For example, the first support 100 of the bonding system may be or may include a chuck which is configured to carry the first semiconductor substrate CS and the subsequently bonded second semiconductor substrate TD. For example, the chuck includes glass, quartz, or other type of transparent material. The transparent material can improve the alignment of the first semiconductor substrate CS due to increased visibility. In some embodiments, the chuck may include translucent or opaque material. In some embodiments, the first support 100 includes a vacuum system or clamping fixture (not shown) for securing the structure disposed thereon. Other mechanism for securing the structure placed on the first support 100 may be used. In some embodiments, the first support 100 is configured to adjust a position of the first semiconductor substrate CS before and/or during a bonding process. For example, the first support 100 includes a driving unit (e.g., motor, controller, and processor, etc.; not shown) for adjusting an x position, a y position, a z position, and/or an angular position of the first semiconductor substrate CS. In some embodiments, the x, y, z, and θ direction of the first semiconductor substrate CS is corrected by fine tuning of alignment controlled by the first support 100. The first semiconductor substrate CS may be or may include a carrier substrate for providing temporary mechanical and structural support to the singulated semiconductor dies during subsequent packaging processes (e.g., the steps S104 and S105 described in FIG. 1). In some embodiments, the first semiconductor substrate CS includes at least two alignment marks disposed thereon for positioning. If the first semiconductor substrate CS includes the alignment marks, that should be noted that the number, the shapes, and the forms of the alignment marks construe no limitation in the disclosure. Alternatively, the first semiconductor substrate CS is free of alignment mark. In some embodiments in which the first semiconductor substrate CS is provided without alignment mark, the relative position may be define by the outline of the first semiconductor substrate CS for positioning.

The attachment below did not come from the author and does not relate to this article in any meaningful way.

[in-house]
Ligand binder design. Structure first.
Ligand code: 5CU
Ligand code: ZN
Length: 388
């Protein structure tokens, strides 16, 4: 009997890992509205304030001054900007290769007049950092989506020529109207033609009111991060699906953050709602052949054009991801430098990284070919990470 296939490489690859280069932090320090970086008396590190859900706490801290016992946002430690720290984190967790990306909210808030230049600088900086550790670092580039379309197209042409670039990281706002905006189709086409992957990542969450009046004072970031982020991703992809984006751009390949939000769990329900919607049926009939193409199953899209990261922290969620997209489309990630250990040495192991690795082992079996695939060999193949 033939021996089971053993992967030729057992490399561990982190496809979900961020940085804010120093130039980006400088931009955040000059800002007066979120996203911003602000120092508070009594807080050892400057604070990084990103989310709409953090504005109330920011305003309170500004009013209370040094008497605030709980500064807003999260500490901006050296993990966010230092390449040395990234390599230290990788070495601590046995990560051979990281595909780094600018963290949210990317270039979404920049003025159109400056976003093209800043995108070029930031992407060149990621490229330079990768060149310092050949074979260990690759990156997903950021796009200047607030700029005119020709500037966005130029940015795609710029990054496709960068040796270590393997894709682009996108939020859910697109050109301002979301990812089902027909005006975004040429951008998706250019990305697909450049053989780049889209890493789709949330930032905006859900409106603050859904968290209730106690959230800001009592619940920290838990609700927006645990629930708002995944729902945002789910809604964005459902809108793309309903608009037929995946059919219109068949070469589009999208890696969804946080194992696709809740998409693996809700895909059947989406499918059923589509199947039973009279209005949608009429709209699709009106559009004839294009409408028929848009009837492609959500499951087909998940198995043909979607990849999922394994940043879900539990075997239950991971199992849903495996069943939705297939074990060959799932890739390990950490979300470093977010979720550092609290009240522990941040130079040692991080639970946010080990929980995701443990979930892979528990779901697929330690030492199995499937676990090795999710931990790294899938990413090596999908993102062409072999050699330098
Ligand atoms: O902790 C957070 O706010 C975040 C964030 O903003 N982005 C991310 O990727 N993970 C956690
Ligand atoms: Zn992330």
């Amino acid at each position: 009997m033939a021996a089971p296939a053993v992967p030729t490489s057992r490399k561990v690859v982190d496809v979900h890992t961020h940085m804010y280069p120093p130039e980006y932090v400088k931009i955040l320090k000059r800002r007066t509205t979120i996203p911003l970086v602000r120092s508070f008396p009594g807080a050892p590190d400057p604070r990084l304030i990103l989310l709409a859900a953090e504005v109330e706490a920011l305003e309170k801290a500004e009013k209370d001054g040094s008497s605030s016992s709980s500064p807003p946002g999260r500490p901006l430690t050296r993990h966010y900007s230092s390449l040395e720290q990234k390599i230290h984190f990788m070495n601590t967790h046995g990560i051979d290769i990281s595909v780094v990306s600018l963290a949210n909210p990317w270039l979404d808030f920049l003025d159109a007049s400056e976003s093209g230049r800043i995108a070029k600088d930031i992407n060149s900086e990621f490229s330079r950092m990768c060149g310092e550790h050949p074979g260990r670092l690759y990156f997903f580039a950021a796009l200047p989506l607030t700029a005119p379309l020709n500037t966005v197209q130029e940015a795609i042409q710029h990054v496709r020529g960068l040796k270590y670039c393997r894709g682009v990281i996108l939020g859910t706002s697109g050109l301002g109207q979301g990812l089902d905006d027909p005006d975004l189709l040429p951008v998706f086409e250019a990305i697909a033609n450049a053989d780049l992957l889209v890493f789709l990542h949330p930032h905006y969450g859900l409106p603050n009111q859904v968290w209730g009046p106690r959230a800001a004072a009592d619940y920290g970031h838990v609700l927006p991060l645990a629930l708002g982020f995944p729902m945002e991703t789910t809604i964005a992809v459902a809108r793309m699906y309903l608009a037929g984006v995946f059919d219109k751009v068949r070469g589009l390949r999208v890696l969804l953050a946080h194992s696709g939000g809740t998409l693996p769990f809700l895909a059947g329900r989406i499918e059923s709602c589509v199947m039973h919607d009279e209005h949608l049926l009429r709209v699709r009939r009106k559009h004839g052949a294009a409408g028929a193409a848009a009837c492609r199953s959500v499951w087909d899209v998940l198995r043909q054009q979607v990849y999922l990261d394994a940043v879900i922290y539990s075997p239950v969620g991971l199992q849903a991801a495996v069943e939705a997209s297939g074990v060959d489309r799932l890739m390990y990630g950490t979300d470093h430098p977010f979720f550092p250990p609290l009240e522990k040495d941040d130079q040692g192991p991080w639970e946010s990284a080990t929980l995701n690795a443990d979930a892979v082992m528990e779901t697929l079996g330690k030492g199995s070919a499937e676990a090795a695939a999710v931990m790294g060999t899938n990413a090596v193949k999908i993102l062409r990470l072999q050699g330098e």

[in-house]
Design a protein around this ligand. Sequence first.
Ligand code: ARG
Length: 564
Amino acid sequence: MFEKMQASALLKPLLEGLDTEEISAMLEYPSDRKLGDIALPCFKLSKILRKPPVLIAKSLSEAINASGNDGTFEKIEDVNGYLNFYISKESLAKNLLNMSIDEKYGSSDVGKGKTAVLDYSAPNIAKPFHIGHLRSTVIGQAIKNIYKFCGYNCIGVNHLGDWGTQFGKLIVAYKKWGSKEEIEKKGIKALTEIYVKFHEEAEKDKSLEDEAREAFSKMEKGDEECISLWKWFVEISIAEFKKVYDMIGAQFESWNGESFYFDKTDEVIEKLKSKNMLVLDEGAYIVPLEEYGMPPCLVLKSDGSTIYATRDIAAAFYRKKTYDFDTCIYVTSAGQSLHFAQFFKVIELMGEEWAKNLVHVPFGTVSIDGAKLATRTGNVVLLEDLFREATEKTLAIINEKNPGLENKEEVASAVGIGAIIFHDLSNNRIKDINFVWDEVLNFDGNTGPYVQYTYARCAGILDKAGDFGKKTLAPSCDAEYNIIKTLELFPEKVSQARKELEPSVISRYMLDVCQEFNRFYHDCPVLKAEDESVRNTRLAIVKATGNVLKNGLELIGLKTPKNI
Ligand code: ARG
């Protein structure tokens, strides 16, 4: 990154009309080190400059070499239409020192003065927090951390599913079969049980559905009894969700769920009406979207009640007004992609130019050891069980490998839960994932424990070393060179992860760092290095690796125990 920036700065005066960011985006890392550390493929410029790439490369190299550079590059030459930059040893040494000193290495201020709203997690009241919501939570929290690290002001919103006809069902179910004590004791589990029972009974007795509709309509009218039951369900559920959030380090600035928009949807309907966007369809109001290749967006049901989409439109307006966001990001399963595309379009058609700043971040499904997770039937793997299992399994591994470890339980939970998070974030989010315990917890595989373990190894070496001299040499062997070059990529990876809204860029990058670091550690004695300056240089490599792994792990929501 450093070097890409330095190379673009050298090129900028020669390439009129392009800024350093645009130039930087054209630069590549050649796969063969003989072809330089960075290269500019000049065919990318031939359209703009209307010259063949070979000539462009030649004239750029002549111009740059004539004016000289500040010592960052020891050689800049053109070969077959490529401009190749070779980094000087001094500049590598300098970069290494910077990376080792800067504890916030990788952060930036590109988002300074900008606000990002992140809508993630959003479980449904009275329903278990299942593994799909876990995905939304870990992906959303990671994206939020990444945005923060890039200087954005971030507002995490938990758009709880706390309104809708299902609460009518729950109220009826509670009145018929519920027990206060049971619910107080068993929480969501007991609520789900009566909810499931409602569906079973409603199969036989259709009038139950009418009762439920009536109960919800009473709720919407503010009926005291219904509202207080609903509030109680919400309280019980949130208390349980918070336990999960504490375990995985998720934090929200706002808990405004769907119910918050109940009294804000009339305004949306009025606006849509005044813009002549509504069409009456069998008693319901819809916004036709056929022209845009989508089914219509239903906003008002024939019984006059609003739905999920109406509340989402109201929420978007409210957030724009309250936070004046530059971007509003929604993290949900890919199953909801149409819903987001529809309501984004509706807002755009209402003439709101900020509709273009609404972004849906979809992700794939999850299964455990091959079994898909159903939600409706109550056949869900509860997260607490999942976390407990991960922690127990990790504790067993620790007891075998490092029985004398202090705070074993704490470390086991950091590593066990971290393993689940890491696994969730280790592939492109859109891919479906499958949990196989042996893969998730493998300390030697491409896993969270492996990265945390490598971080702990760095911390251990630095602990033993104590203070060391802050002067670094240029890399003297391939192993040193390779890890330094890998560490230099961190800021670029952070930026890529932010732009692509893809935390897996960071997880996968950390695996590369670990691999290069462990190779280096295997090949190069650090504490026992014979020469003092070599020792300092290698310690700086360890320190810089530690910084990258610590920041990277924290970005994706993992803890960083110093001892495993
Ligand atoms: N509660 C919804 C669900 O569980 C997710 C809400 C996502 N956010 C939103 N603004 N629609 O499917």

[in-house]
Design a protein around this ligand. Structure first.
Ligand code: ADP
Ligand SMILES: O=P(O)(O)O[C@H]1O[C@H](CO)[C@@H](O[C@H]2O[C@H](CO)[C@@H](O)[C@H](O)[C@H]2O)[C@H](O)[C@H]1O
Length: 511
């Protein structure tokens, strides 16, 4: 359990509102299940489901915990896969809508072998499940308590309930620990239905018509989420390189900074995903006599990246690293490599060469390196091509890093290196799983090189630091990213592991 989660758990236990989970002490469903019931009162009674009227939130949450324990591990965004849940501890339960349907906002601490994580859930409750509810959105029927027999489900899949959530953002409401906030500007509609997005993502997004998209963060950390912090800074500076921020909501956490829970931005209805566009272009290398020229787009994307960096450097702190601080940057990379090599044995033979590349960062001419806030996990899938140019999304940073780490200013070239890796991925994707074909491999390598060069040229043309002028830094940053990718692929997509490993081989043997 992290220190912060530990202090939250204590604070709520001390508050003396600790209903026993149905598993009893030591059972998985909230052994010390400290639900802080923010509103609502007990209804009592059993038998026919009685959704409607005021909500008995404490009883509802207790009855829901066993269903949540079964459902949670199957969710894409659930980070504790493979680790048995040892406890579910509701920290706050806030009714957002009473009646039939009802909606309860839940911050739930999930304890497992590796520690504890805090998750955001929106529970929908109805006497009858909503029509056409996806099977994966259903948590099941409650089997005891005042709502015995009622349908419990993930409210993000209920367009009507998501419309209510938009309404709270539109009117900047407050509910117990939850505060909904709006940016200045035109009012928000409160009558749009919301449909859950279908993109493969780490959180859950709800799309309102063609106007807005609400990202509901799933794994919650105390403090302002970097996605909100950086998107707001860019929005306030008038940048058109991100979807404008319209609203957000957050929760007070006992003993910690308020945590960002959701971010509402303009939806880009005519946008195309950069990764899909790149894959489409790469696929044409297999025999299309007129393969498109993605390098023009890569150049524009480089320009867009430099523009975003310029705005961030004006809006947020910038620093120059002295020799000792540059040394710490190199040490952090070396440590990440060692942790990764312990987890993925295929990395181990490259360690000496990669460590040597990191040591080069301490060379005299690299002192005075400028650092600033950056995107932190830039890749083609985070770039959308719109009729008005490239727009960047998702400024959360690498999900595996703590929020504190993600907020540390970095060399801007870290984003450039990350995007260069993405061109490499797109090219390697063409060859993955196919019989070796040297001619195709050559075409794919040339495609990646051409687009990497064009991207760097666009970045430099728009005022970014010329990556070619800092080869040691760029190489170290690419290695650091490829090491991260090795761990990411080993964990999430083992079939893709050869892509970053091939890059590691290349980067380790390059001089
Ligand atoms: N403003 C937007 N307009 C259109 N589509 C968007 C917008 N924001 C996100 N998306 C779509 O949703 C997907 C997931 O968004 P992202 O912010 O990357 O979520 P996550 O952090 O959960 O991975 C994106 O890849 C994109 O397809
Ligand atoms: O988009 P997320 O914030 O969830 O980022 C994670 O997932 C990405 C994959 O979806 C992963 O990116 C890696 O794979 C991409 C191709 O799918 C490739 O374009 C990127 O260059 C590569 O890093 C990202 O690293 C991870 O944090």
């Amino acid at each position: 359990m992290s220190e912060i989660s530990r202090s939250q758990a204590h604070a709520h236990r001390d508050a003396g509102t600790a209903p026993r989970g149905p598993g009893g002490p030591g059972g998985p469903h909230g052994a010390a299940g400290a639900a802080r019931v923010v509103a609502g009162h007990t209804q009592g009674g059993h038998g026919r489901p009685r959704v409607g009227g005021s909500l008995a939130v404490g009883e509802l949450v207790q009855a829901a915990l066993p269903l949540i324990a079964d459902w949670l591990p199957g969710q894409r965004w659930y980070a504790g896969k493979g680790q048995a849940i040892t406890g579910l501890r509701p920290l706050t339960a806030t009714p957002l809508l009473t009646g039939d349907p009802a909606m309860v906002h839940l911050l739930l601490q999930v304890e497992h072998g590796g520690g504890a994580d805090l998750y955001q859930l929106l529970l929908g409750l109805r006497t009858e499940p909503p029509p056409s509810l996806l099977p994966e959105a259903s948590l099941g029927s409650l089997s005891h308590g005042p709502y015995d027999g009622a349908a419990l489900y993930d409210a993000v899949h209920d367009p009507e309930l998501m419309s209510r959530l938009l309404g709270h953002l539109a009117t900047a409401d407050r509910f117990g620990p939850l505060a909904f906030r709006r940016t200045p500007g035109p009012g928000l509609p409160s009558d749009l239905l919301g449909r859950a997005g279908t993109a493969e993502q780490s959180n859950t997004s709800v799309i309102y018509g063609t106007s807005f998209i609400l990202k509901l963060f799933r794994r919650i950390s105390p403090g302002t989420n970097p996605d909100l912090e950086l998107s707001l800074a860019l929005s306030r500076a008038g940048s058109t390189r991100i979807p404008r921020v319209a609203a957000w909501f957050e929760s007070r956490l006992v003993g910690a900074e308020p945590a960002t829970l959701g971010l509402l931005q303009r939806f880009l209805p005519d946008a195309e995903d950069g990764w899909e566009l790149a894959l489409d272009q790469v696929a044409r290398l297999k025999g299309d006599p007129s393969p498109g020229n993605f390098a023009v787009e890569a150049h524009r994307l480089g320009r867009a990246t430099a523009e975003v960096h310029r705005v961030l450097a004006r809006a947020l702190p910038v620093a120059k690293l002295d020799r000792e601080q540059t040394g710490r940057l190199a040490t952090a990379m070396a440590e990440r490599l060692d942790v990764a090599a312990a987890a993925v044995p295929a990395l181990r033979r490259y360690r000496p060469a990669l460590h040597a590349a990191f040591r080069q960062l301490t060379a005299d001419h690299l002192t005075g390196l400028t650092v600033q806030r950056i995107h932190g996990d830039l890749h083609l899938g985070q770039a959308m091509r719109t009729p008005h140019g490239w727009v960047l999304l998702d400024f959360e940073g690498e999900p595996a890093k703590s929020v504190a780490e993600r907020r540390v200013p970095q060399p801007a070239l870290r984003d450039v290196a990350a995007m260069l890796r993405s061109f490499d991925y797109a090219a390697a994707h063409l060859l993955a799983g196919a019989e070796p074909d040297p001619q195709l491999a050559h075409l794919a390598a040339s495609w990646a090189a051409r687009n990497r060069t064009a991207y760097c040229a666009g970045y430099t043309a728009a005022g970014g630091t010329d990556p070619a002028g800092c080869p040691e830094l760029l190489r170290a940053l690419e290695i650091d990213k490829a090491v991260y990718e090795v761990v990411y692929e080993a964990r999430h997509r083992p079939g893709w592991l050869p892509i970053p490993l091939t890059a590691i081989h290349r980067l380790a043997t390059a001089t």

For example, the first support 100 includes a carrying side S1 and a rear side S2 opposite to the carrying side S1. The first semiconductor substrate CS may be disposed at the carrying side S1 of the first support 100, and a position of the first semiconductor substrate CS is gauged on the first support 100. In some embodiments, the first support 100 includes an alignment mark (not shown) disposed at the carrying side S1 and/or the rear side S2 for aligning the first semiconductor substrate CS. In some embodiments, the bonding system includes a gauging component 400 embedded in the first support 100 for gauging the position of the first semiconductor substrate CS. An alignment accuracy of the gauging component 400 may be better than an alignment accuracy of the first support 100. The first support 100 includes mechanical configurations, which lead to mechanical wear, and such mechanical configurations may affect accuracy and performance over time. For example, the accuracy of the first support 100 becomes worse than 5 μm due to the mechanical configurations and/or the long-term use. However, control of the first support 100 may not be precisely accurate, and the first semiconductor substrate CS may be slightly misaligned with the first support 100. In order to compensate the limitation of the accuracy of the first support 100, the gauging component 400 having better alignment accuracy and stability may be used to position the first semiconductor substrate CS. For example, the accuracy of the gauging component 400 is about 1 μm or less.